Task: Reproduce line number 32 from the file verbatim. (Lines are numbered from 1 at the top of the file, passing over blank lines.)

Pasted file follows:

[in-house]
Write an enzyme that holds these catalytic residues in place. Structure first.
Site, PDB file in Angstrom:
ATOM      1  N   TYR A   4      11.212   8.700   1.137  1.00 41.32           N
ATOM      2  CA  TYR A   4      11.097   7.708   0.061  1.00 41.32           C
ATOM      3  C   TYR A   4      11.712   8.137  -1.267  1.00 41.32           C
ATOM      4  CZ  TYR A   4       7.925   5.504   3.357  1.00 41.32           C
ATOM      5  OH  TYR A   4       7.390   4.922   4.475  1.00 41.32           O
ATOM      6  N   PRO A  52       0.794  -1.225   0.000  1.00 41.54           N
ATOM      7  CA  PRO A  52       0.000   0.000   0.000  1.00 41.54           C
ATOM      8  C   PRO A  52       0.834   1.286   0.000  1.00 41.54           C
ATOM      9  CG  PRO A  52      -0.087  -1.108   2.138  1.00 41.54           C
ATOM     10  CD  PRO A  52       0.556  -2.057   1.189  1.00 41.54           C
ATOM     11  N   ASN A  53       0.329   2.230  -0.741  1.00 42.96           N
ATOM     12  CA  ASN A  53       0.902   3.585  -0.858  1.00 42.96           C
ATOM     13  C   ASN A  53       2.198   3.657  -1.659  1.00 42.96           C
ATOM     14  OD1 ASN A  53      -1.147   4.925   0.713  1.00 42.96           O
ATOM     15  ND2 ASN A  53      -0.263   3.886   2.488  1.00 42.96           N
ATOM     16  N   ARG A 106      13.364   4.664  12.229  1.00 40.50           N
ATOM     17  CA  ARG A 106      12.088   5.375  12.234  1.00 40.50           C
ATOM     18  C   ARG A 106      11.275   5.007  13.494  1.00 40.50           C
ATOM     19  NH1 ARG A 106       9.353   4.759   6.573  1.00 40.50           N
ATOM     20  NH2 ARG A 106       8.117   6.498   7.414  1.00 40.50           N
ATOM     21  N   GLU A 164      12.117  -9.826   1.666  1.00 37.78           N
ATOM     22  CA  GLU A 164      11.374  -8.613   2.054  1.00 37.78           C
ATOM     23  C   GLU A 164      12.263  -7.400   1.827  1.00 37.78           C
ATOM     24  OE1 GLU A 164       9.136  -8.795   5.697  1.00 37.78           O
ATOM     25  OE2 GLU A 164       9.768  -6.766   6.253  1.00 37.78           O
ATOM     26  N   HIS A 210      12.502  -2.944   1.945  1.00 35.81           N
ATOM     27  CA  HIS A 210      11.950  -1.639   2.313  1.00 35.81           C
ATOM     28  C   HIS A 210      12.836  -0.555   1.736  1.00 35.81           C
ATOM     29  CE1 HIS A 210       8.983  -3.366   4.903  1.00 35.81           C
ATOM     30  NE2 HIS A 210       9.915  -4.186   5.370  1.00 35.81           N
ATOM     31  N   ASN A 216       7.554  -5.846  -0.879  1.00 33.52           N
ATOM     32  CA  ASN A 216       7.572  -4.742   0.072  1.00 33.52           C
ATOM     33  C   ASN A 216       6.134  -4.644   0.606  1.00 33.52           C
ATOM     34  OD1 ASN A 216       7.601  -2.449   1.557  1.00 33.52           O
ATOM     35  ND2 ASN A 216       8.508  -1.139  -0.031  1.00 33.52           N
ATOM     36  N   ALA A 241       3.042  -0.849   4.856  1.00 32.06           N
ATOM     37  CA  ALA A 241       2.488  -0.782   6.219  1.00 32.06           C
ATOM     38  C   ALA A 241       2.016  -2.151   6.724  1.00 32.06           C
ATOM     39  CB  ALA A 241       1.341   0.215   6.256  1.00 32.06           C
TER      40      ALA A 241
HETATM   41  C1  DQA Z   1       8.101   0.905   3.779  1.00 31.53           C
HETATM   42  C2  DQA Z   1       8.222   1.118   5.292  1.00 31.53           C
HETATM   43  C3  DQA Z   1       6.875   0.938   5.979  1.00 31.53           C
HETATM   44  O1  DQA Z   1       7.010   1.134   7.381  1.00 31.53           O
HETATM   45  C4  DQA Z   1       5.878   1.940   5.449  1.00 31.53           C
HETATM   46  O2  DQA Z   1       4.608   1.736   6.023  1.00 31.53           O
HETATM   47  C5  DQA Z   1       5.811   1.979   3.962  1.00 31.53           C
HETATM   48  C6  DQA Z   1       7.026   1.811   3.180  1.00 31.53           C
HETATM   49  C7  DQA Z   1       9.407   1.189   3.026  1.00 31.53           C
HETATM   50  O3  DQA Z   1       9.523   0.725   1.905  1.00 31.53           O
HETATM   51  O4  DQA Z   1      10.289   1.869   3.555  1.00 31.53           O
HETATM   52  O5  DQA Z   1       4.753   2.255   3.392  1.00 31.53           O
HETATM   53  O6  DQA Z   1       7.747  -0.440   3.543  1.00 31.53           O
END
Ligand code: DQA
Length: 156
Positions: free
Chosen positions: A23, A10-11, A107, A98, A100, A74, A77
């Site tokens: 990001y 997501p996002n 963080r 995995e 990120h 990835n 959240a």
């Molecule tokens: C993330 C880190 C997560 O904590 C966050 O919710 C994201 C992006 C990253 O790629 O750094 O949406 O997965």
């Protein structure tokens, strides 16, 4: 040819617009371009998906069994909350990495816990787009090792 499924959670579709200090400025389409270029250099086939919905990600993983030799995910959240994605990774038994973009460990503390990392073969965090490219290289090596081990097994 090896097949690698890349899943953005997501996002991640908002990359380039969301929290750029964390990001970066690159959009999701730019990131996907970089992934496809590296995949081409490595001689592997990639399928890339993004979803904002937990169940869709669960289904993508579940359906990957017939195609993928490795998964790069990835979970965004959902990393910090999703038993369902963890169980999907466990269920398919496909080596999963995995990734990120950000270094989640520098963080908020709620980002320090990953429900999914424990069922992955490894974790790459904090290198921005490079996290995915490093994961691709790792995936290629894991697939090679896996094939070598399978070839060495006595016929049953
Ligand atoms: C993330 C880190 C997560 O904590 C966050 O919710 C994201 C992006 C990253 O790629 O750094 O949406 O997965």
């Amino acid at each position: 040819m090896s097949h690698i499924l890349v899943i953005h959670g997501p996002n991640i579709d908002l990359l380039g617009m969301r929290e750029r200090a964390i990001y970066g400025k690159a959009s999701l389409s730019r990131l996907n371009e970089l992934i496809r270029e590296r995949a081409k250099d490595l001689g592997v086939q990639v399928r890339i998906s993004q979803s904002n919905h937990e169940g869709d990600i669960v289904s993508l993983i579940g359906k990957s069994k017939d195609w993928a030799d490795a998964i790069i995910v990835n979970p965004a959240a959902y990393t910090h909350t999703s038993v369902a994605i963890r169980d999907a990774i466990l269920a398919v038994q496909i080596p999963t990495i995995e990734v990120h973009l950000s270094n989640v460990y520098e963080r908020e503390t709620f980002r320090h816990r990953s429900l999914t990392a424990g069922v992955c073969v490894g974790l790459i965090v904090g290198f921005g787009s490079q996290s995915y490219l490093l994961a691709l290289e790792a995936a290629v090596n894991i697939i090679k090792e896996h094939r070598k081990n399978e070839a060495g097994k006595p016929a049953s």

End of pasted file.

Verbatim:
ATOM     29  CE1 HIS A 210       8.983  -3.366   4.903  1.00 35.81           C